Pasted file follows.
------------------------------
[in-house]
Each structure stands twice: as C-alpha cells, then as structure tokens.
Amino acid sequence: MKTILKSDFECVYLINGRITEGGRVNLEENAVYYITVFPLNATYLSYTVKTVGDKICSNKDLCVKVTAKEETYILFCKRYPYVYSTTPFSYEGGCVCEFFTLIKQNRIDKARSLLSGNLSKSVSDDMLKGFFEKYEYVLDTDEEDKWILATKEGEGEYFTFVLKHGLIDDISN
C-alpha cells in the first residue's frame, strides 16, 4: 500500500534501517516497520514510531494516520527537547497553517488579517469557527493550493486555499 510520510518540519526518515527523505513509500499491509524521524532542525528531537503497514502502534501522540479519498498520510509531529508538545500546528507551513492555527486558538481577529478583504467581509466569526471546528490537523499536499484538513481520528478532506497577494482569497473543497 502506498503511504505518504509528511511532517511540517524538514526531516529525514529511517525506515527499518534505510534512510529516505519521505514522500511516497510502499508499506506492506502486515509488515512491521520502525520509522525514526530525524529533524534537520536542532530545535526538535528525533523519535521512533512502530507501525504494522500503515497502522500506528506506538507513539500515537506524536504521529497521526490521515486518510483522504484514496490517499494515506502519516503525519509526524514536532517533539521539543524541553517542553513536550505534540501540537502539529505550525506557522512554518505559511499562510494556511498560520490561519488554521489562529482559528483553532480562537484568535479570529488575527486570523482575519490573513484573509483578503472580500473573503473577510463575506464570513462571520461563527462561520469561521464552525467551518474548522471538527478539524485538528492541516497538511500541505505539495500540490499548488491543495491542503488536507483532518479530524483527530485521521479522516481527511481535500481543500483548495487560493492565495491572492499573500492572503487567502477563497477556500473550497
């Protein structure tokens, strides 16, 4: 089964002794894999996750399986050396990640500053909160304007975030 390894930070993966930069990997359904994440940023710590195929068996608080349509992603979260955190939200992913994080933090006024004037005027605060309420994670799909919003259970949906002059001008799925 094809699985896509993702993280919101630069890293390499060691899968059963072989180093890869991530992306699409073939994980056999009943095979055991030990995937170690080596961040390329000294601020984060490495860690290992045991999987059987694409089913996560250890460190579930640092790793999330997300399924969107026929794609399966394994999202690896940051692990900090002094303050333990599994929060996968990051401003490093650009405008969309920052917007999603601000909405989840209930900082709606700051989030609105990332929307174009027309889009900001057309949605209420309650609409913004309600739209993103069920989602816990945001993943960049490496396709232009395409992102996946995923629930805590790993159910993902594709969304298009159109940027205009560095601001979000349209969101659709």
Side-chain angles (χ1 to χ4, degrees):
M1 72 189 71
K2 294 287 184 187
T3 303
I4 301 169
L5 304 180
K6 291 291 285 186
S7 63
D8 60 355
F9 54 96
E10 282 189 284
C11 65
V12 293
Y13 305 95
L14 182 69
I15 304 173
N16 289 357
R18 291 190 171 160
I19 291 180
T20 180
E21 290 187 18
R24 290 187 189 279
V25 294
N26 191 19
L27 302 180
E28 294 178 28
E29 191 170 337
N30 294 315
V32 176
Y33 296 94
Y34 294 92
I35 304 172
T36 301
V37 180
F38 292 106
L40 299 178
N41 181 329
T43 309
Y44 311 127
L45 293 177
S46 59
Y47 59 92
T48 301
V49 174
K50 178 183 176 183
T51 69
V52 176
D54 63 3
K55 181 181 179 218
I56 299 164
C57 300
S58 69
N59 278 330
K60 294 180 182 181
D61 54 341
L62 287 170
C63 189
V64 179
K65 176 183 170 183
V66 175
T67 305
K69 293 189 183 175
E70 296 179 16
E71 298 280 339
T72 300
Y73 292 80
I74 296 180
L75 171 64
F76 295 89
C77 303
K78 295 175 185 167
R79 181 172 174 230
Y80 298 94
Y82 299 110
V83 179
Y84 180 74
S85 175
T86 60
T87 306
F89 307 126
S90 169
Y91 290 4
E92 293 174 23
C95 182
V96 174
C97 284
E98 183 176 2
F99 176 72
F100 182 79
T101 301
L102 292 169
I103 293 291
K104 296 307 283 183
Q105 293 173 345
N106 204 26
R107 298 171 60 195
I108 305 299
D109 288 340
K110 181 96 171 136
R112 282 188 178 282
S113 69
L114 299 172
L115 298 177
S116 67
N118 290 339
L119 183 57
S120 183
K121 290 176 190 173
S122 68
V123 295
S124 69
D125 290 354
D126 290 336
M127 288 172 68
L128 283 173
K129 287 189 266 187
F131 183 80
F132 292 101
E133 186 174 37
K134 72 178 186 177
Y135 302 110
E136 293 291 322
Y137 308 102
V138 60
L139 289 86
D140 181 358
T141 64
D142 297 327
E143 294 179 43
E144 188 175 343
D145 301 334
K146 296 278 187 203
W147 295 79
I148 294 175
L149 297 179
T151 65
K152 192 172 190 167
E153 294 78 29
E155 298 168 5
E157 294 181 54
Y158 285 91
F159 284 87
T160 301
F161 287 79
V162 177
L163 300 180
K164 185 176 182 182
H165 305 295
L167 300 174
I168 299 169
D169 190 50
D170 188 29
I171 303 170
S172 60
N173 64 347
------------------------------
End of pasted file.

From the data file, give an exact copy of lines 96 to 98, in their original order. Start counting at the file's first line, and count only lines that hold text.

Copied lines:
L102 292 169
I103 293 291
K104 296 307 283 183